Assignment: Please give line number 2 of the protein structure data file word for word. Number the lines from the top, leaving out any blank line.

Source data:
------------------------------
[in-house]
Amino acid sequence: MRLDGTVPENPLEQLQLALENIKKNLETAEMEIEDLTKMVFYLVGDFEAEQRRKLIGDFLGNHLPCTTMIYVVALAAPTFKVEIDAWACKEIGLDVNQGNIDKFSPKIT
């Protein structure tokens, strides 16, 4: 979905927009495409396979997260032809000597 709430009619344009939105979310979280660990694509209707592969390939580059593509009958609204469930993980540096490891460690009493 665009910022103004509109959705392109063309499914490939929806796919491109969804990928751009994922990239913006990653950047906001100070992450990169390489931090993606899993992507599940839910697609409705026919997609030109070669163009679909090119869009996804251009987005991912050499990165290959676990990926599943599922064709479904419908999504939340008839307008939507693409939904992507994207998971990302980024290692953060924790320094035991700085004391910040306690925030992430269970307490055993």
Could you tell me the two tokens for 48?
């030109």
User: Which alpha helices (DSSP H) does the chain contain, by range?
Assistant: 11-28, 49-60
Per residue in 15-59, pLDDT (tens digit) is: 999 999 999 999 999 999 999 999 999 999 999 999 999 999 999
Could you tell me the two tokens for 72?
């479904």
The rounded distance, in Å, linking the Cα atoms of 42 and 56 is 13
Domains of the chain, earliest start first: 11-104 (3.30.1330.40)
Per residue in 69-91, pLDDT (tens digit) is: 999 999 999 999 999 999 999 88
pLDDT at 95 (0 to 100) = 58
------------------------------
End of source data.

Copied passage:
Amino acid sequence: MRLDGTVPENPLEQLQLALENIKKNLETAEMEIEDLTKMVFYLVGDFEAEQRRKLIGDFLGNHLPCTTMIYVVALAAPTFKVEIDAWACKEIGLDVNQGNIDKFSPKIT